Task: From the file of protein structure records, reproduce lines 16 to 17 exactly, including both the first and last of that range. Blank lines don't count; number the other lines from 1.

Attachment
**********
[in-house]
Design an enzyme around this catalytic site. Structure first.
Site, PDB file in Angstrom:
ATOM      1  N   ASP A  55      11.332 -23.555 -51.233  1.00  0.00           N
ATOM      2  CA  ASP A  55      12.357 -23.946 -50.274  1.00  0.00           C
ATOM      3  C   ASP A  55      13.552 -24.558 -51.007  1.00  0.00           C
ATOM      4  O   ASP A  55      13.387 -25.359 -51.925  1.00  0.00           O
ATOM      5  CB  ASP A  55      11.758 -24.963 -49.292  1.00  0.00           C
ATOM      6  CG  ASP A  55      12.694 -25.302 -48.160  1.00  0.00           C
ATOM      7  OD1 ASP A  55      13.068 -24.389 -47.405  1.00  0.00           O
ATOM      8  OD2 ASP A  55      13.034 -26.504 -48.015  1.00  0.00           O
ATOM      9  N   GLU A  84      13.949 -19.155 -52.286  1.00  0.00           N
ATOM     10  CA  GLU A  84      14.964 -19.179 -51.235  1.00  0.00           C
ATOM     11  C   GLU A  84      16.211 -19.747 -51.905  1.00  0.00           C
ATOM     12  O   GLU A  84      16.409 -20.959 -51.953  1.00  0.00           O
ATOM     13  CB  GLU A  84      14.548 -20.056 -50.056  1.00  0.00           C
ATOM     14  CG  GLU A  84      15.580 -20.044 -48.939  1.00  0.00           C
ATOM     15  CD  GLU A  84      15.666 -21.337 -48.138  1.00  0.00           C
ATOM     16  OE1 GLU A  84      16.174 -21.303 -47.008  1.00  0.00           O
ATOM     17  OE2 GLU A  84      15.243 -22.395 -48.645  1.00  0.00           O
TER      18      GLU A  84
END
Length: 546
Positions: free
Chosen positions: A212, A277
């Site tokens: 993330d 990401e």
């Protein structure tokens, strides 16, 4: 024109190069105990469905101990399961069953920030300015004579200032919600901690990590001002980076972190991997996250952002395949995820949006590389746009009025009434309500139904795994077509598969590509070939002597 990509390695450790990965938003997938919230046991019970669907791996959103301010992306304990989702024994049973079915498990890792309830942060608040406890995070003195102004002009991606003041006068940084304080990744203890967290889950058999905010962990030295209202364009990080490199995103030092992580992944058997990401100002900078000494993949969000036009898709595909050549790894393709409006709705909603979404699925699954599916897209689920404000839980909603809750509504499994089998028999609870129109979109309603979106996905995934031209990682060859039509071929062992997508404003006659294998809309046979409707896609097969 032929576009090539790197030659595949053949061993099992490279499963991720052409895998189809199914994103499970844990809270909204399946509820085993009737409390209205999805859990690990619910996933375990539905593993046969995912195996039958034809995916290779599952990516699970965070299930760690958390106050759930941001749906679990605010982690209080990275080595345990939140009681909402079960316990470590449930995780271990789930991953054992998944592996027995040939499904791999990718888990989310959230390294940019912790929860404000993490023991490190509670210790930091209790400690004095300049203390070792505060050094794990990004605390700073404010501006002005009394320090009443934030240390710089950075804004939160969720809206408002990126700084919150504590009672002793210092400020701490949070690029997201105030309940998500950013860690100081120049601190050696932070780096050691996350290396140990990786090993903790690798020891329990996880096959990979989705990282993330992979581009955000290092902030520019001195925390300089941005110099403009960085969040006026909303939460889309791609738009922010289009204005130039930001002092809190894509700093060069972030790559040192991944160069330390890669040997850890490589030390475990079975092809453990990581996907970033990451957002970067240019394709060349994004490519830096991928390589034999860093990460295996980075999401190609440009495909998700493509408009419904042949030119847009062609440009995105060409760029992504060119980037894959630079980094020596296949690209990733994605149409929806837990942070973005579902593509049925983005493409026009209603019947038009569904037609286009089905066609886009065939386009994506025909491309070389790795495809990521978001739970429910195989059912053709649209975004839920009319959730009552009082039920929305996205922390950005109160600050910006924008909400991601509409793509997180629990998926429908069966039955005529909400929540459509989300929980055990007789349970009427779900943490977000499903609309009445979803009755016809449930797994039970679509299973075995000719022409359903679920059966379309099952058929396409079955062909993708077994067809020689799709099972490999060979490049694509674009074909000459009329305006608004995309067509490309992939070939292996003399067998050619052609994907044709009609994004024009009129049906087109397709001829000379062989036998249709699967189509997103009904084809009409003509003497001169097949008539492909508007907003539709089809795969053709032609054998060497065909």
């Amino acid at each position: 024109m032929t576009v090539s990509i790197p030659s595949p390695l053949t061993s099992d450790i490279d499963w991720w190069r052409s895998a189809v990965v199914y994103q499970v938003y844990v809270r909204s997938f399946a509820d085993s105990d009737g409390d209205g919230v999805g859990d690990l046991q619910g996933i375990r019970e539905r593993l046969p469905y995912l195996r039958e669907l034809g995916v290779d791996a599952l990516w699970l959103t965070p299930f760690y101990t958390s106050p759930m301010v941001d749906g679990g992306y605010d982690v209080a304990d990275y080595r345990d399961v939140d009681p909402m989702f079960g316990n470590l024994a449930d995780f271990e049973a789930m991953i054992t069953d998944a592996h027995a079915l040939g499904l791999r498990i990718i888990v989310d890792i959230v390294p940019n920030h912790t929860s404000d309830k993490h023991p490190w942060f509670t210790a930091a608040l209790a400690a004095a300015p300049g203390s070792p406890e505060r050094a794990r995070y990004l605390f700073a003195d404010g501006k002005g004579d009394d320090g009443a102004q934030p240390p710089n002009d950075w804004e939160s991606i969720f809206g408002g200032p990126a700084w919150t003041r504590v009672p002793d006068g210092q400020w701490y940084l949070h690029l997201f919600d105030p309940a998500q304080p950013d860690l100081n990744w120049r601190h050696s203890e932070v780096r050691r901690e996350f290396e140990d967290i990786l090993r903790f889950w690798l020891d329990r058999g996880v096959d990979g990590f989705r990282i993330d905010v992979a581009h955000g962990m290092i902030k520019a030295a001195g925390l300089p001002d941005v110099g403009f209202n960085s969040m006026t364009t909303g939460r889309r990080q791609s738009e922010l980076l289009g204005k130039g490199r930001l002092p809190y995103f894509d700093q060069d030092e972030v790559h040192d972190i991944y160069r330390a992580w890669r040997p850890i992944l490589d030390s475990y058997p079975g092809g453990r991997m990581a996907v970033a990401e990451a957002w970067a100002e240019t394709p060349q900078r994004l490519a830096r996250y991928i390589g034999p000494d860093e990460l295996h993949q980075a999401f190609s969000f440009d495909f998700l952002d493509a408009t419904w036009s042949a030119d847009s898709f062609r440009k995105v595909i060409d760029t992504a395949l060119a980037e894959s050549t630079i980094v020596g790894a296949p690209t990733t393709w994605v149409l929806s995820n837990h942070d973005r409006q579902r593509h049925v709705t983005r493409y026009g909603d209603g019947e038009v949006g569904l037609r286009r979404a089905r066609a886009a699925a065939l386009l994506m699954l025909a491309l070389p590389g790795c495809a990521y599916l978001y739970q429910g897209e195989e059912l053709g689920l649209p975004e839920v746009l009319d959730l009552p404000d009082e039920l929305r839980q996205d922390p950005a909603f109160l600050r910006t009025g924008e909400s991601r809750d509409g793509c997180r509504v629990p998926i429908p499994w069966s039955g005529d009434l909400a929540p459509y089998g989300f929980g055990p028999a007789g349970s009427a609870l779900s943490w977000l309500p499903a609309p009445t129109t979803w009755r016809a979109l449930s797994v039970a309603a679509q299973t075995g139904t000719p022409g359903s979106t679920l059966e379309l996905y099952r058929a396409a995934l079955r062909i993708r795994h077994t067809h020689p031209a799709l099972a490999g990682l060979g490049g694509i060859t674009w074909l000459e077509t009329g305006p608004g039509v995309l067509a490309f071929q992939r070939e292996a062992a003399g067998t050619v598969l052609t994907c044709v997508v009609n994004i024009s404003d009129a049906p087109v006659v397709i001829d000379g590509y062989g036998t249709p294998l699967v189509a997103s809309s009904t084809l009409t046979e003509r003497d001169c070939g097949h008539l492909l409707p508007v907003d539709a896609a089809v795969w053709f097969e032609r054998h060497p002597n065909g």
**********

ATOM     13  CB  GLU A  84      14.548 -20.056 -50.056  1.00  0.00           C
ATOM     14  CG  GLU A  84      15.580 -20.044 -48.939  1.00  0.00           C